Communications can be greatly affected by the sun's activity. This was not noticed until World War II, when radio became a major form of communication. Many systems of communication rely on the ionosphere to bounce the radio signals from source to target, but these communications are affected when the ionosphere is distorted due to geomagnetic storms. When the sun goes through periods of increased radio output, it can jam signals on the Earth, causing ships, airplanes, and satellites to lose communication.
Many of the satellites put into orbit are in an orbit just high enough to avoid the drag of Earth's atmosphere. During periods of high solar activity, however, an increase in UV output and auroral energy input causes the Earth's atmosphere to heat up and expand. This can cause the low satellites to experience more frictional drag than usual, which can cause orbital decay. Satellites without propulsion, or which run out of fuel, prematurely fall to Earth. This is how Skylab was lost in 1979. Nearly the opposite happens to satellites in high orbit. They are out of reach of the atmosphere, and are protected from dangerous solar wind by the magnetosphere. During high solar activity, the magnetosphere is pushed in far enough for solar wind to hit the craft with many charged particles, which can cause damaging electrical discharges.
The Earth's magnetic field protects us from most harmful biological effects of the sun. It may be possible, however, for people in areas of low protection, such as in high orbit or near the poles of the Earth, to be exposed to dangerous levels of radiation. Any interplanetary travelers would have to be very well protected in their craft to avoid excess radiation. The sun has other effects too. Some animals, such as homing pigeons, use the Earth's magnetic field to navigate. If the sun disturbs the Earth's field, these animals may become confused and lost. Some studies also show correlations between high solar activity and death rates for near-death patients, and increased industrial and traffic accidents.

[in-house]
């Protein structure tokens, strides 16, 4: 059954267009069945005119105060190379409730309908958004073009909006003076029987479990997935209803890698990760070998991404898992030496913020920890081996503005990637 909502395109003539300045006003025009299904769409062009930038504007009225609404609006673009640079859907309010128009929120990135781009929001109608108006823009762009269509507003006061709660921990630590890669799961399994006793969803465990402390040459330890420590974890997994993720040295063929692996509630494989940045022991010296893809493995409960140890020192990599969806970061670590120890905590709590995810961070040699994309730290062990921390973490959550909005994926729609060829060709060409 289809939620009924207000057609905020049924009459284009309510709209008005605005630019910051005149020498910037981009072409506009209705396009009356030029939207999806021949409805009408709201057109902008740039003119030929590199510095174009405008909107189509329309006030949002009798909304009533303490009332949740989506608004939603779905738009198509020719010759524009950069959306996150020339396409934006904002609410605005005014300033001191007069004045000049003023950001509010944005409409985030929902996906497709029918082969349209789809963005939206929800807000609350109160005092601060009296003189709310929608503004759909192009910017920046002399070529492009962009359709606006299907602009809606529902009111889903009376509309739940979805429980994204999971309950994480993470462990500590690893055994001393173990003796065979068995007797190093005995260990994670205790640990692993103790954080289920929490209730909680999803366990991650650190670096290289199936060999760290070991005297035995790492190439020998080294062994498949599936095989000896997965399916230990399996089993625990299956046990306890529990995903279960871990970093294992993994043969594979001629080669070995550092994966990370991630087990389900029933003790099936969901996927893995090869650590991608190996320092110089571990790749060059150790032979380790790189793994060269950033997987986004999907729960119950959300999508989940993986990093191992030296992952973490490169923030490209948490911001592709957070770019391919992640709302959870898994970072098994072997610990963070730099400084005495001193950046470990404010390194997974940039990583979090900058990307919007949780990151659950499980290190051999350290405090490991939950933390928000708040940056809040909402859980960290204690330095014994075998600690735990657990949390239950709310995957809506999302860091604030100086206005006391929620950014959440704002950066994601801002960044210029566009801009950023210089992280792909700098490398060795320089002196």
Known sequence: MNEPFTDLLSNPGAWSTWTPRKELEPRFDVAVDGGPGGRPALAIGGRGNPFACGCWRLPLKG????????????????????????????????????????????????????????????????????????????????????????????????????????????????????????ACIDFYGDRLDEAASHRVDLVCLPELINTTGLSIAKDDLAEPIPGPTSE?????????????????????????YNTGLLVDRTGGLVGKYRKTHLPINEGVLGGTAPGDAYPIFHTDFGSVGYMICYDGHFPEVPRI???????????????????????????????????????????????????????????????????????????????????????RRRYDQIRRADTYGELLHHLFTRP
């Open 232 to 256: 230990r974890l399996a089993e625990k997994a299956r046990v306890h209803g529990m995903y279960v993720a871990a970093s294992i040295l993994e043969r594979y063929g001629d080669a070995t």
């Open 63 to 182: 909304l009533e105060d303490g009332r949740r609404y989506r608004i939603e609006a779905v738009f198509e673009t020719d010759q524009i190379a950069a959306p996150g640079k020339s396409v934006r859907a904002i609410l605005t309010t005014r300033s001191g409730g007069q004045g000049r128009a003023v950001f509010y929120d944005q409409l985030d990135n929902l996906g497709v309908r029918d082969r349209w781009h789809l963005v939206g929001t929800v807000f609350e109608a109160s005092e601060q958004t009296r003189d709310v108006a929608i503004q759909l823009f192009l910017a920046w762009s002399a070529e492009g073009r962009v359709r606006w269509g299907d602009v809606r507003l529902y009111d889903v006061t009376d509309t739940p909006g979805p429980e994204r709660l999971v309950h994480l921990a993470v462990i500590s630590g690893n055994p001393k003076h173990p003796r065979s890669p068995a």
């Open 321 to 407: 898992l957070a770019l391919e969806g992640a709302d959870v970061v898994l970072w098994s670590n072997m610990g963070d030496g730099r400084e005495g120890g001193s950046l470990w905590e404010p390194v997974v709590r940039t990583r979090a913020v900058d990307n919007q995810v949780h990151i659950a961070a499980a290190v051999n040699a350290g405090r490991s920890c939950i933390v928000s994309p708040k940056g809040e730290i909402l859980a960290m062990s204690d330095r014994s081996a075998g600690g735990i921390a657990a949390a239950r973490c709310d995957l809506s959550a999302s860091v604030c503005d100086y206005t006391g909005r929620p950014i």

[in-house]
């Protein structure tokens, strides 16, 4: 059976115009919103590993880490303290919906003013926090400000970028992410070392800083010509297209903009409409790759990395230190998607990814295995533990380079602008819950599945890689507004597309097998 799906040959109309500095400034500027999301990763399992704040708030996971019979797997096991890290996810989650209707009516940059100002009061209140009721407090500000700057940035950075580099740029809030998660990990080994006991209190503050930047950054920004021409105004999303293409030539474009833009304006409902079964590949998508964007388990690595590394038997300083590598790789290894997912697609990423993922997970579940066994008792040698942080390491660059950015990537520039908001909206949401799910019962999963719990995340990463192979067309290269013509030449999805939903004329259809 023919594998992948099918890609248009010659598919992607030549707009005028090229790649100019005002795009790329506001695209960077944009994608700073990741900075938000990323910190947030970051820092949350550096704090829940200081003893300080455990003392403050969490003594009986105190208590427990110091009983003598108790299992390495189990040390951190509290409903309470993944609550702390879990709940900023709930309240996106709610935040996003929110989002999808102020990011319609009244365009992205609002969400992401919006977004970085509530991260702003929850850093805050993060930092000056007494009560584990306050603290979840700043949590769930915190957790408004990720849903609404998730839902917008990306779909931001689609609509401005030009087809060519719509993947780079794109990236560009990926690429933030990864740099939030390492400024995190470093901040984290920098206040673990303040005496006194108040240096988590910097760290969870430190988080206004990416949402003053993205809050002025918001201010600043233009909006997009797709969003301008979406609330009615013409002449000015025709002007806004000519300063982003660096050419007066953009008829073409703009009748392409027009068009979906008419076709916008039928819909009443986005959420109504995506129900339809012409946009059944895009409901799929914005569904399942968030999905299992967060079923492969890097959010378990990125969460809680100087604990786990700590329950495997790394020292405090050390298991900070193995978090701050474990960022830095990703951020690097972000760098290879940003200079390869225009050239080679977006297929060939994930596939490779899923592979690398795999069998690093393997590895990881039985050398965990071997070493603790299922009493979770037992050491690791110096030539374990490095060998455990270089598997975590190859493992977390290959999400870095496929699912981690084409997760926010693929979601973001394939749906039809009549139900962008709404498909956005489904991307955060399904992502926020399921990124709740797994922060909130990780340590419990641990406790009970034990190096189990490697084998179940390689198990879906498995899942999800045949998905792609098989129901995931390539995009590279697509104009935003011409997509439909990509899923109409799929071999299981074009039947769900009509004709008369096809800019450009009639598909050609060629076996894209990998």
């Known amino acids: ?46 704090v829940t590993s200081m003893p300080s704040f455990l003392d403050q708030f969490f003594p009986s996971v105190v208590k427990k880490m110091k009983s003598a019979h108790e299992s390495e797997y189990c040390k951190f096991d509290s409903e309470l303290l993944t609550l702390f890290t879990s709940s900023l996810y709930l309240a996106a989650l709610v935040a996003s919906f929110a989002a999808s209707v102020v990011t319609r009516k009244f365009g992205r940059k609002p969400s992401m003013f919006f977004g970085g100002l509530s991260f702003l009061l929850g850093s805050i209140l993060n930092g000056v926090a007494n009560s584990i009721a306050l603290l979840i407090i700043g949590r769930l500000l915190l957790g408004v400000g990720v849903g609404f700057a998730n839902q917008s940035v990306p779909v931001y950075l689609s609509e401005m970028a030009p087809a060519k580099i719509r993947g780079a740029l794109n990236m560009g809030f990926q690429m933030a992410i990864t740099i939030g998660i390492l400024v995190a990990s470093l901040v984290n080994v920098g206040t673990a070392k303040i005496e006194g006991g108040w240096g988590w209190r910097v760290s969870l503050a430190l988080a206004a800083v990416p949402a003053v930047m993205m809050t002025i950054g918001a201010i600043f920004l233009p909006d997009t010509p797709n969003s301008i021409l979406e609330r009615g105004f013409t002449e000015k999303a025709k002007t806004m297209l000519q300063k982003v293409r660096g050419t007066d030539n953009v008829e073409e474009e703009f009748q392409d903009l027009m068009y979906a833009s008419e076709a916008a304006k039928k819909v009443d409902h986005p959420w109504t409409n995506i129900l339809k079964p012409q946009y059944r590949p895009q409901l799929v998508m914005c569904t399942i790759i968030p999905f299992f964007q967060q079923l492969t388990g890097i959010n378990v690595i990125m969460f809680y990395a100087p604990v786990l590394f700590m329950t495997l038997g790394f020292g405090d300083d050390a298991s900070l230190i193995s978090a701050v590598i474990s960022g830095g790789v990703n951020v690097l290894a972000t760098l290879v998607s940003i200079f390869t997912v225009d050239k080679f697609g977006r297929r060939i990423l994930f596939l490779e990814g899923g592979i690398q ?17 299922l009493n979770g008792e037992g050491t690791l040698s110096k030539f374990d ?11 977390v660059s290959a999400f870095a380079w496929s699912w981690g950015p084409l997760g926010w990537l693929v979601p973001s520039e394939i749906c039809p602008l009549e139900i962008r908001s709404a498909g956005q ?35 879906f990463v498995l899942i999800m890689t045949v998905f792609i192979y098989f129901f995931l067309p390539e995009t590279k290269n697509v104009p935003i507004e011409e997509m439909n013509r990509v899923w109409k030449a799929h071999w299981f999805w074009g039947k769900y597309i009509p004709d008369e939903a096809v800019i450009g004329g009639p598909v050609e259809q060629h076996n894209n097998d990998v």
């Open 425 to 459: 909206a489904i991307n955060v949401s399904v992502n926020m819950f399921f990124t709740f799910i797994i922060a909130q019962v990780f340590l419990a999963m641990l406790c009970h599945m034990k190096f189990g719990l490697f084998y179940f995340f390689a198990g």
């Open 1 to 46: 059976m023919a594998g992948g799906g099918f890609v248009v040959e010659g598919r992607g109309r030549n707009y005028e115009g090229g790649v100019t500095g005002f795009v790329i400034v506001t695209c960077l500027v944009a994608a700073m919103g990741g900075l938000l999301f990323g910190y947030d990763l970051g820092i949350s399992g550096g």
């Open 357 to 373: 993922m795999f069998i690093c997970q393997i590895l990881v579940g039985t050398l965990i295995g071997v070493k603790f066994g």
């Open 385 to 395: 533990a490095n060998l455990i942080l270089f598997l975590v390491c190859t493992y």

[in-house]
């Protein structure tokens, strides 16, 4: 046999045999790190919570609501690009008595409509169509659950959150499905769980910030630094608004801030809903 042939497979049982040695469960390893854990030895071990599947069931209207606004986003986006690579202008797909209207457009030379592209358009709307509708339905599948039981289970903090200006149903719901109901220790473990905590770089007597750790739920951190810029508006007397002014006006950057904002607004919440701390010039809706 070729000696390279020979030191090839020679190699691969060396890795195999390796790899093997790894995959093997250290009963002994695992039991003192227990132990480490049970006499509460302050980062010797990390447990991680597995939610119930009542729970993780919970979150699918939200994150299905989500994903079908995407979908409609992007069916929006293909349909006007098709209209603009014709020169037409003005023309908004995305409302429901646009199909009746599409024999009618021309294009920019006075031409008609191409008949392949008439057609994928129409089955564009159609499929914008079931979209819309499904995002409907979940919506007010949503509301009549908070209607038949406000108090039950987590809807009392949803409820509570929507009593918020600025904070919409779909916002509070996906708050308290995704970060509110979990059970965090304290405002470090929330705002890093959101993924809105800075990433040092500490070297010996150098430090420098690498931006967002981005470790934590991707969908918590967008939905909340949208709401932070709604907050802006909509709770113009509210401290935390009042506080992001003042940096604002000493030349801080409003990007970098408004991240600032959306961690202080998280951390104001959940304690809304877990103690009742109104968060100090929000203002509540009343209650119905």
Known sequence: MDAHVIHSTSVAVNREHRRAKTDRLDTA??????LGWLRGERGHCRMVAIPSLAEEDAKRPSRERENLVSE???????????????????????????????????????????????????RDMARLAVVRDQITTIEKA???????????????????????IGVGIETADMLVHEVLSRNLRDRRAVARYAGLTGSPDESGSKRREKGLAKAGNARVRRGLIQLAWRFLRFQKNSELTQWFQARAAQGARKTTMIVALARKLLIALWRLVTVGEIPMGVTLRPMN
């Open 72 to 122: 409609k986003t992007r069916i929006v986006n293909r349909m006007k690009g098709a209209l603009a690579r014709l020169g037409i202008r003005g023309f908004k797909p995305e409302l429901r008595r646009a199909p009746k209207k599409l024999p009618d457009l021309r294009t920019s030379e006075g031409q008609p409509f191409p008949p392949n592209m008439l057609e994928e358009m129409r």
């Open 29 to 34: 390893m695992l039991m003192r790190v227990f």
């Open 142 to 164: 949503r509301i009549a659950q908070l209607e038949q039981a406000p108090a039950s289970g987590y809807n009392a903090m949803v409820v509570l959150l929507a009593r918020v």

Life could not exist on Earth without the sun. The sun is by far the major source of energy for the Earth. Not only does radiated heat from the sun maintain the Earth's temperature and give light, but the sun's rays also feed billions of plants and algae through photosynthesis. Since these creatures are at the bottom of the food chain, the sun in this way indirectly provides sustenance for nearly everything on the planet. We have also been able to harness the sun's energy by building solar cells and by using concave surfaces and windows to bend and trap the sun's light. Besides all of its other effects, the sun is necessary for life as we know it.